House Bill 2706 would authorize legislative rules for the Higher Education Policy Commission regarding the West Virginia Higher Education Grant Program, Providing Real Opportunities for Maximizing In-state Student Excellence (PROMISE), Research Trust Fund Program, and Annual Reauthorization of Degree-Granting Institutions and to authorize legislative rules for the Council for Community and Technical College Education regarding the Annual Reauthorization of Degree-Granting Institutions, and Business, Occupational and Trade Schools.

House Bill 2726 would authorize home incarceration officers to arrest participants for violating the terms and conditions of his or her supervision with or without a court order.

House Bill 2731 would clarify that only civil actions with controversial amounts exceeding $7,500 must be heard in circuit court, except in actions relating to real estate installment sales contracts or actions confined exclusively by the Constitution to some other tribunal.

House Bill 2503 would update the rulemaking authority of the Board of Osteopathic Medicine.

House Bill 2540 would permit a person to practice his or her profession for seven days for a charitable function.

House Bill 2628 would clarify and strengthen the duties and powers of the Board of Medicine and the Board of Medicine with regard to evidence of serious misconduct by licensees and applicants for license under their respective jurisdictions.

House Bill 2367 would establish a criminal offense of organized retail crime.

House Bill 2579 would increase the penalties for transporting controlled substances.

House Bill 2674 would relate to access to and receipt of certain information regarding a Protected Person.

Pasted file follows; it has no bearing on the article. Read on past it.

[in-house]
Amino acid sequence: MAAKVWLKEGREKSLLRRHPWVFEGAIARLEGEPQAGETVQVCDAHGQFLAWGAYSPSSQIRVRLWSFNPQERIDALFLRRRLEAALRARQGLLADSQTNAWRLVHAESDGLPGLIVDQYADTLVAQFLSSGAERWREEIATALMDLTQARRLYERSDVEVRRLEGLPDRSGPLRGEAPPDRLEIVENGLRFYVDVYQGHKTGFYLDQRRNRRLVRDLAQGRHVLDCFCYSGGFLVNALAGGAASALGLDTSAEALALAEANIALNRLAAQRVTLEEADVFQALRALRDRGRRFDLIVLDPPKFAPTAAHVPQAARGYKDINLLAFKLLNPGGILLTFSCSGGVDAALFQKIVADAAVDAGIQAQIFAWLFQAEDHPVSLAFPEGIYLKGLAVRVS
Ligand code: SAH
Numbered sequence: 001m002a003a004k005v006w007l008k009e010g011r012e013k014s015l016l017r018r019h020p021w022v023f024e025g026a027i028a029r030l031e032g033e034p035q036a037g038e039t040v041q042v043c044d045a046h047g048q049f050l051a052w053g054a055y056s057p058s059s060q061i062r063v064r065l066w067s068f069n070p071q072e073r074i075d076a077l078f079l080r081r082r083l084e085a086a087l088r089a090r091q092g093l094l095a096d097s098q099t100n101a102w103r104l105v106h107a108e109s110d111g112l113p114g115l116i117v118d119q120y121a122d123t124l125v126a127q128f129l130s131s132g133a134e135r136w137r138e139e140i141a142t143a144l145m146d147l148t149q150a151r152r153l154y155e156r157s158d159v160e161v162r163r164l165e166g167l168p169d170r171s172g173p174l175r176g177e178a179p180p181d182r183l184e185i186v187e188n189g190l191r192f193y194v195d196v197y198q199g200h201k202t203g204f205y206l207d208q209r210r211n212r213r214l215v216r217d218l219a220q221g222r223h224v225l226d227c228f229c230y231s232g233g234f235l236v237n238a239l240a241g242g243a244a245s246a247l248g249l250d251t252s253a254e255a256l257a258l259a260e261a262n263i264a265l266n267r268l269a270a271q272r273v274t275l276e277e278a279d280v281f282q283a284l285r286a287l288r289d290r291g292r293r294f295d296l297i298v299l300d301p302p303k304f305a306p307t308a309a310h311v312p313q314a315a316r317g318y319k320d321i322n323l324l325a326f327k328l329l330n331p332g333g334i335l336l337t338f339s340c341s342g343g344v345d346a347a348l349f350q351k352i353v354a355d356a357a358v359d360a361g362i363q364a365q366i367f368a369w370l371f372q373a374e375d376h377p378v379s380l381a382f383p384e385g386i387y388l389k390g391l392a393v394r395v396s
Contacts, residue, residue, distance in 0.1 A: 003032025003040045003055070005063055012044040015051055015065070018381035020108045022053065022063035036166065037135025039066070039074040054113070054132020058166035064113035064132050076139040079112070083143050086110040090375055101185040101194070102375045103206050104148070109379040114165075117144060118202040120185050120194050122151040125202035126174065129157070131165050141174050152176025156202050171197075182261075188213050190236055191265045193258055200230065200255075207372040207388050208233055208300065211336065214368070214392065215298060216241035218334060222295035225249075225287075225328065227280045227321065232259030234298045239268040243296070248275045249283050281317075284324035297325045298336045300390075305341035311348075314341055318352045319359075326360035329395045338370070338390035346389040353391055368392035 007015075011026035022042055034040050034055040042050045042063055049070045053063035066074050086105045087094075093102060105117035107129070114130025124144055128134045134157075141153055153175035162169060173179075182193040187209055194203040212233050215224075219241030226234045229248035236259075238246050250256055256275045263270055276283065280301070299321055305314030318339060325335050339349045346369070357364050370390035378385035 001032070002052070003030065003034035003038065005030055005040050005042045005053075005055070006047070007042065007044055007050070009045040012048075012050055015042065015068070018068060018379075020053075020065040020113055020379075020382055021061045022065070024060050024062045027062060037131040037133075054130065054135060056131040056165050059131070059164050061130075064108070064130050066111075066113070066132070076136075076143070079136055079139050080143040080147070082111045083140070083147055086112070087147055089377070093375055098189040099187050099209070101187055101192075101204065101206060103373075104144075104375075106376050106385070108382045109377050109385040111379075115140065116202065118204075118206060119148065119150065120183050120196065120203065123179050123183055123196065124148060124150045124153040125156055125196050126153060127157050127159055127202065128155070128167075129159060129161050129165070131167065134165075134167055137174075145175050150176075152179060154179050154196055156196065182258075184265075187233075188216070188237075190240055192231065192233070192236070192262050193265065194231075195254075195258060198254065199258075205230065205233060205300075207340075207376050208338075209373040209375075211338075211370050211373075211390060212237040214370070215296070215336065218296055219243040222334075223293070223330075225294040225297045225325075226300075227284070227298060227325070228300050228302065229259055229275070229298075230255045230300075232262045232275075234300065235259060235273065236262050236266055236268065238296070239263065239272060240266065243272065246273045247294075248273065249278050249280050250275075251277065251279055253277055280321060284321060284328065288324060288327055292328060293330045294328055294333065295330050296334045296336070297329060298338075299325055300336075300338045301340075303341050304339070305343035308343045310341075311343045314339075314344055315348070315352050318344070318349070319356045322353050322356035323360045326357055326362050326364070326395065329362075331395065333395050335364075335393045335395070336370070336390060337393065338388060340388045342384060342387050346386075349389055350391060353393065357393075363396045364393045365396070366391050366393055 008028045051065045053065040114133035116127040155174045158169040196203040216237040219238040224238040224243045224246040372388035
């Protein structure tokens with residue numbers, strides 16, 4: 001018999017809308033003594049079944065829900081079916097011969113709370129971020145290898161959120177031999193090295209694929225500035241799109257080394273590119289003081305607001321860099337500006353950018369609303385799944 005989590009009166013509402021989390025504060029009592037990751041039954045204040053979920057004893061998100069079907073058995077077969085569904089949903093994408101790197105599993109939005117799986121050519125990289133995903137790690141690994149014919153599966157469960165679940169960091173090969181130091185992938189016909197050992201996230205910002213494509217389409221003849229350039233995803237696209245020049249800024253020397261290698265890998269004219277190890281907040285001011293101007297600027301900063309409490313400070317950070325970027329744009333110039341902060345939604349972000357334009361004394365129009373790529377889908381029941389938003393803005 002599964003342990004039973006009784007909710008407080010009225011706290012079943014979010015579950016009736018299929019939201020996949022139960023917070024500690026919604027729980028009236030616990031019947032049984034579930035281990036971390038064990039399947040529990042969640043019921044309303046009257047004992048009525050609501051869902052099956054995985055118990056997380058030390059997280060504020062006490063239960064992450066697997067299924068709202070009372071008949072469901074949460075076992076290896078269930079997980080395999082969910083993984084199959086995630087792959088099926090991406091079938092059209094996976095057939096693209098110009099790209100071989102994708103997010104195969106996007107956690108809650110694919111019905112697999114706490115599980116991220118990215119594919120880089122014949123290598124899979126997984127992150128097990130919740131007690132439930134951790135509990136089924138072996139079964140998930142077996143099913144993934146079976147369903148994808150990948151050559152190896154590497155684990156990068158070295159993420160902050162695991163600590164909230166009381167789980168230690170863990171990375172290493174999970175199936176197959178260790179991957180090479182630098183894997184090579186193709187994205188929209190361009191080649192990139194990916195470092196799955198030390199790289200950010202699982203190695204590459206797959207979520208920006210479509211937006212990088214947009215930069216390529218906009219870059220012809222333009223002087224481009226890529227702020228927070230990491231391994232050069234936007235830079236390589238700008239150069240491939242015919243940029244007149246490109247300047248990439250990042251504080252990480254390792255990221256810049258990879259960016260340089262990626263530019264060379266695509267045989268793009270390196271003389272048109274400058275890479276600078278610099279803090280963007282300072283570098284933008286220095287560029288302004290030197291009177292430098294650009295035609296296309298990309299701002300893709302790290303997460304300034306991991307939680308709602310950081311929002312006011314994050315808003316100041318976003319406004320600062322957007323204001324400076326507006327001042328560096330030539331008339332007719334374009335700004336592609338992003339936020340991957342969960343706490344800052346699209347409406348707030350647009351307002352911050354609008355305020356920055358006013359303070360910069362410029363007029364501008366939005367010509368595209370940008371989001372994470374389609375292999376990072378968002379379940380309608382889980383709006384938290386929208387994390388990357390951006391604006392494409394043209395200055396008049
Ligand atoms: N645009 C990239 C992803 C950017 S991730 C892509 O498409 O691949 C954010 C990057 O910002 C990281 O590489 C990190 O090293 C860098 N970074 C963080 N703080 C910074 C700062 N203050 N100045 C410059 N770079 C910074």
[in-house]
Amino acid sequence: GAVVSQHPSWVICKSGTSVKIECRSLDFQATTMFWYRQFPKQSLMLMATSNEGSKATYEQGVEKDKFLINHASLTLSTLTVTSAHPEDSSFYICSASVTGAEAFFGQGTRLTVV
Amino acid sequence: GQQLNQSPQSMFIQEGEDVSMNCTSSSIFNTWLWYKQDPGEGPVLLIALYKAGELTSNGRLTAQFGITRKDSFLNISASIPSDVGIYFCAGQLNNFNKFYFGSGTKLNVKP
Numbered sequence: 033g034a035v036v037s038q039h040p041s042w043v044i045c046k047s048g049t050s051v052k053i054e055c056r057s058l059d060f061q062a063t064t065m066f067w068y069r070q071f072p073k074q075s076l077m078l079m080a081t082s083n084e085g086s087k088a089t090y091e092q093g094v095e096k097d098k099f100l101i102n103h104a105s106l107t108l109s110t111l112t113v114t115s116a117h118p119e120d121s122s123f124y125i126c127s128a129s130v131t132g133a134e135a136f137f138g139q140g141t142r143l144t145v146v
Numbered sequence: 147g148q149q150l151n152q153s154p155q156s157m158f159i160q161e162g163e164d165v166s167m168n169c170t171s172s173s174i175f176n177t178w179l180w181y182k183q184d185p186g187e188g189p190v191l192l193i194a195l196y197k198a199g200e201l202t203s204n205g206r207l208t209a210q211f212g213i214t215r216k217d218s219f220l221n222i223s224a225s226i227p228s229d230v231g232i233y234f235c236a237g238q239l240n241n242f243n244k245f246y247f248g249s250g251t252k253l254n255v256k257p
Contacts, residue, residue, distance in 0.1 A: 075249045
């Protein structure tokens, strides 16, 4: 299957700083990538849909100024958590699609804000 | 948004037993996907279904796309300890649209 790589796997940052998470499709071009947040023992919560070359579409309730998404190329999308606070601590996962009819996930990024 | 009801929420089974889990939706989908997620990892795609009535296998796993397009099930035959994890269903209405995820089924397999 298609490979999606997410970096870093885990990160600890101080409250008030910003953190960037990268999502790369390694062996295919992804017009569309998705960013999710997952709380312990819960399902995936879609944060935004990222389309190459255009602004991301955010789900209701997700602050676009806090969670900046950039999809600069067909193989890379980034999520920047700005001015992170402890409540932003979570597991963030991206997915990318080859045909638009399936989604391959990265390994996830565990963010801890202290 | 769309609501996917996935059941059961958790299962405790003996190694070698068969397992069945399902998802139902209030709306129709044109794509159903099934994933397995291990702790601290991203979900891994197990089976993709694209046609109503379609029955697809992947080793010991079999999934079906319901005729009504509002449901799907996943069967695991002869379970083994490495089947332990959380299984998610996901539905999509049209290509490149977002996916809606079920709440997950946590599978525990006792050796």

House Bill 2678 would change the amounts of prejudgment and post-judgement interest to reflect today's economic conditions.

House Bill 2691 would allow a person who is qualified by training to be a barber and a cosmetologist to elect to practice solely as a barber.

House Bill 2725 would restrict the authority of the Board of Barbers and Cosmetologists to regulate the use of commonly available retail beauty products.

House Bill 2459 would update regulations relating to health care, define terms, and add/clarify exemptions.

House Bill 2509 would permit a physician to prescribe certain controlled substances when using telemedicine technologies. This would allow people who live a distance from doctor to receive treatment.

House Bill 2590 would update the meaning of "federal taxable income" and certain other terms used in the West Virginia Corporation Net Income Tax Act by bringing them into conformity with their meaning for Internal Revenue Code's definitions and specifying effective dates.

House Bill 2594 would update the meaning of "federal adjusted gross income" and certain other terms used in the West Virginia Personal Income Tax Act and specify effective dates.

House Bill 2653 would extend the multistate real-time tracking system to June 30, 2023.



Additional House Bills

House Bill 2446 would require state agencies to maintain a website with their contact information, frequently asked questions, office hours, rules that govern the agency, and other information. All of the agencies already have websites and this bill would only require this certain information to be on them and for it to be updated. There was no fiscal note included in the bill. For those agencies that wouldn't comply, they would be audited.

House Bill 2427 would require that the state phone directory be updated with correct contact information. The timeframe for updates would be within 30 days of an employment change. This bill was drafted due to the state phone directory not being updated and having people who had passed away on it and new employees not being updated.